Apple is already reaping the benefits of its patent infringement lawsuit against HTC, according to one analyst.
Oppenheimer's Yair Reiner said in a note to his clients that Apple's lawsuit, combined with high-level discussions, have caused top-tier smartphone makers to send their device plans back to engineering, Fortune's Brainstorm Tech reports. They're scrambling for workarounds that won't incur Apple's wrath.
Handset makers are also having doubts about using Google's Android operating system as a cheap and easy way to compete with the iPhone, Reiner said.
This isn't an entirely new scenario. As Reiner points out, Apple Chief Operating Officer Tim Cook sent a stern warning in January 2009 that "we will not stand for having our IP ripped off and we'll use whatever weapons we have at our disposal." His words were widely interpreted as pertaining to multi-touch, which is why you didn't see many phones supporting the technology last year save for the Palm Pre. But then came the Droid Eris and Google's Nexus One. Apple's threats were being ignored.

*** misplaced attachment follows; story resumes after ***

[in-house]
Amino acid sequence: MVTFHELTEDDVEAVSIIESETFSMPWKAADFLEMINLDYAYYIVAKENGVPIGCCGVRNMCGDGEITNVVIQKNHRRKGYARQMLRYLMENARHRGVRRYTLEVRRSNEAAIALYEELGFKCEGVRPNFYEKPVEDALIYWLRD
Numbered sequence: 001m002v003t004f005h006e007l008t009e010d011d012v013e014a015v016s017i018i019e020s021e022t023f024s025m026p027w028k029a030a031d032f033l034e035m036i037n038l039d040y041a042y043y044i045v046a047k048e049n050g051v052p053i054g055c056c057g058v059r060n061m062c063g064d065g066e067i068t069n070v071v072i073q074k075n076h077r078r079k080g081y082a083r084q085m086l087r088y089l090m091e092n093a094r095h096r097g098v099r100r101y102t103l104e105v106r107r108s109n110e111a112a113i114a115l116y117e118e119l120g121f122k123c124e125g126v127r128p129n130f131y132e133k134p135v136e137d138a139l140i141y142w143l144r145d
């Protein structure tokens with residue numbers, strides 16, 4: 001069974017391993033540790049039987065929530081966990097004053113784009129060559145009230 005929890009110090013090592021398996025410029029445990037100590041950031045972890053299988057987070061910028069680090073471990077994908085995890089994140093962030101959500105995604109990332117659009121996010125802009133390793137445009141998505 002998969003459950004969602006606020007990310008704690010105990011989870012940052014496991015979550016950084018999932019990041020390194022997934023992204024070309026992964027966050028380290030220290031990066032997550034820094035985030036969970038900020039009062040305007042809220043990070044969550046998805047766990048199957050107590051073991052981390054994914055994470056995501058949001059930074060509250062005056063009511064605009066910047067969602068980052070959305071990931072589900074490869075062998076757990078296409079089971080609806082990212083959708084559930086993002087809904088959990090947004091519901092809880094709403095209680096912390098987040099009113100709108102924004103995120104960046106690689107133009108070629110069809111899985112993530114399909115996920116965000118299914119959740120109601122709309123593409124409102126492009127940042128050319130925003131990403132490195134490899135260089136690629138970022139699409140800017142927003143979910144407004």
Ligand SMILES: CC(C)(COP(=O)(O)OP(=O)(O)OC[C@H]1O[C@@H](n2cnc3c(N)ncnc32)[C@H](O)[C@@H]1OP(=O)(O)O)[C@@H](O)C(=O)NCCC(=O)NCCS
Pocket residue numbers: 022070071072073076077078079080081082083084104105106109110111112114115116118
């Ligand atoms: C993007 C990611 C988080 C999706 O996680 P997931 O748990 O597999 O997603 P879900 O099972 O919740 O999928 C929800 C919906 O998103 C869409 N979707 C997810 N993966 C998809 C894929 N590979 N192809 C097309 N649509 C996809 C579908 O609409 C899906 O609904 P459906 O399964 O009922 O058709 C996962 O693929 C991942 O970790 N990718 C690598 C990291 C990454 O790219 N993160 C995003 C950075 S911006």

Hence the new discussions with phone makers and the lawsuit against HTC, which some pundits and analysts, including Reiner, believe is just a proxy war against Google and Android. It's a strong enough offensive to make Android suffer.
The irony is that while Apple may be winning against the rising star of smartphones, handset makers may instead seek shelter with Microsoft and Windows Phone 7 Series. Microsoft is using the opportunity to woo handset makers with "the strength of its own IP portfolio, as well as its willingness to join battle with customers that come under IP attack."
Still, it's too early to tell whether WinPho7 will be good enough for Microsoft to get is mobile groove back. Meanwhile, there are several ways the Apple vs. HTC lawsuit could pan out for Android-based phones, but Apple's reported scare tactics have at least scored the company a temporary victory against its biggest threat.
This story, "Apple's Lawsuit Against HTC is Working" was originally published by PCWorld.